Among FTSE 100 heavyweights, British American Tobacco (LSE: BATS) is like British yeast spread Marmite. You either love it (as Neil Woodford and other income-oriented fund managers do) or hate it (as anti-tobacco activists do). Either way, it’s hard to ignore BAT, as it’s been one of the FTSE 100’s top dividend payers going back decades.
BAT is a ‘bad’ FTSE 100 business
BAT is a very simple multinational business – and has been since it was founded 118 years ago in 1902. By sales, it is the largest cigarette maker in the world and also manufactures tobacco and other nicotine products.
Though smoking is in decline globally, the firm’s position as market leader still enables it to raise prices and grow. But, of course, smoking is highly addictive, harmful, and often fatal, so BAT is the very opposite of an ethical business.
BAT is a brilliant FTSE 100 business
Ethics aside (and I speak as a lifelong smoker), BAT is an absolute powerhouse of the FTSE 100. As I write, its shares trade at 2,585p, valuing this titan at £59.3bn.
From an investment standpoint, what’s awesome about BAT is that it is one of the biggest dividend payers in the entire FTSE 100. Indeed, in its half-year results released today, the company committed to paying out almost two-thirds (65%) of its earnings in cash dividends to shareholders. Nice.
BAT bounces back from Covid-19
In its half-year results, BAT unveiled revenues of almost £12.3bn, up a modest 0.8% year on year. However, profit from operations surged a sixth (16.4%) to £5.1bn, aided by a 5.5 percentage-point increase in its operating margin to 41.5%.
Basic earnings per share (EPS) leapt 22.7% to 151.2p, as did diluted EPS to 150.7p. Net cash generated from operating activities soared 52.3% to nearly £3.5bn, while net debt rose just 0.3% to £50.4bn.
BAT is a FTSE 100 fortress
BAT’s latest set of figures were more upbeat than previous updates. This is largely due to smokers puffing on premium brands during the pandemic, despite earlier warnings of downgrades and depressed volumes. US sales were notably resilient, thanks to government stimulus payouts allowing smokers to stick with familiar brands.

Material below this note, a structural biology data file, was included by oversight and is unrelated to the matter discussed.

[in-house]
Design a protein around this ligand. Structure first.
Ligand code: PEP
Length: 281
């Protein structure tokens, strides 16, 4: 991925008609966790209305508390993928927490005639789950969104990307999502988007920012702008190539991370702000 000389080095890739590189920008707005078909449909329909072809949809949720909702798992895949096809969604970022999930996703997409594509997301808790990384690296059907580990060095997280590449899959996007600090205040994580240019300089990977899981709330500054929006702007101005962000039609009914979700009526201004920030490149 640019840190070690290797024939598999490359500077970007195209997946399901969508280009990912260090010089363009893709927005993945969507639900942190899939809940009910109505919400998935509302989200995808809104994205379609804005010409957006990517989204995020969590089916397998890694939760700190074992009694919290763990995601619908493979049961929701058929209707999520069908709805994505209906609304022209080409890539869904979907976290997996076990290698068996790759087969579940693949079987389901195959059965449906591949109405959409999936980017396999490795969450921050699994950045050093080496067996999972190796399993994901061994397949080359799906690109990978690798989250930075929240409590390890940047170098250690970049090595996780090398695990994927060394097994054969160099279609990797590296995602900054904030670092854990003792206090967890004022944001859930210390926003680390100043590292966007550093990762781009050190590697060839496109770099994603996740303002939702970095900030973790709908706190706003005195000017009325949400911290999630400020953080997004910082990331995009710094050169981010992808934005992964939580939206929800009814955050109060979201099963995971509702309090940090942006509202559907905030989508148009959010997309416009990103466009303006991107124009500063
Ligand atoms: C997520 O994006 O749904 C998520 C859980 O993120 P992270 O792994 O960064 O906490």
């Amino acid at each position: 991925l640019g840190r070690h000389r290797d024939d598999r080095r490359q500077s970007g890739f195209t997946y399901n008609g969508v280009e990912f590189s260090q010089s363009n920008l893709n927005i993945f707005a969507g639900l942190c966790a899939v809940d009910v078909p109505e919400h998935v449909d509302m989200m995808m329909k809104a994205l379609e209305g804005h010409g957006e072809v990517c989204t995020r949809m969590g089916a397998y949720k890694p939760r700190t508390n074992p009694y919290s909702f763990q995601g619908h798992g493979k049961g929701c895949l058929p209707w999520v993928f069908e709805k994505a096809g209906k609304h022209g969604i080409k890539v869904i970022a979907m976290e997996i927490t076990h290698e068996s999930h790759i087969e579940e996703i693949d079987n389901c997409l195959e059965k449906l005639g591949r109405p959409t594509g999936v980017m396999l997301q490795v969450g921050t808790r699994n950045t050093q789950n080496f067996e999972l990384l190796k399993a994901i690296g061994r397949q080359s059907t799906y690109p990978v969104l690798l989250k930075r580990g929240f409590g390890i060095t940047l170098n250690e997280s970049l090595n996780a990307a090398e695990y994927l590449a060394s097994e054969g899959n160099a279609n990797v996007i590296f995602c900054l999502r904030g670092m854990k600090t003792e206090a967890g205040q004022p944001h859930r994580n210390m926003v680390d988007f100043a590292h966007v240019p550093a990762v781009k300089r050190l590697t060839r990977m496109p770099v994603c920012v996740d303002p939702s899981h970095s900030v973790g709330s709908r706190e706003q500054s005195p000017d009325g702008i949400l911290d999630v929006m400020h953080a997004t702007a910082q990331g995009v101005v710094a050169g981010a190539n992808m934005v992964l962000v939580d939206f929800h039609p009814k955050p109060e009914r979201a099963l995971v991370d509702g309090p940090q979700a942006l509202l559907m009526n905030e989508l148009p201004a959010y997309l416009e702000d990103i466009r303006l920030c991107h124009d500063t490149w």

Then again, falling sales in emerging markets and at duty-free outlets such as airports hit sales volumes. Sales slid 6.3% to 315bn fags. Likewise, the ongoing tobacco sales ban to curb the coronavirus has driven South African sales onto the black market.
Good results make BAT shares cheaper!
Although BAT has been a favourite among income investors for decades, this latest news sent its shares lower in a weak week for the FTSE 100. Currently, the share trades at 2,585p, down 72p (2.7%) today – which is good news for income-hungry investors looking to buy now.
BAT shares are cheap and offer a bumper dividend almost unmatched anywhere else in the FTSE 100. They trade on a price-to-earnings ratio below 10.5 and a dividend yield of 8.1%. They are also more than £9 cheaper than they were in mid-January. That’s why I’d happily buy and hold them today for income.
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Cliffdarcy has no position in any of the shares mentioned. The Motley Fool UK has no position in any of the shares mentioned. Views expressed on the companies mentioned in this article are those of the writer and therefore may differ from the official recommendations we make in our subscription services such as Share Advisor, Hidden Winners and Pro. Here at The Motley Fool we believe that considering a diverse range of insights makes us better investors.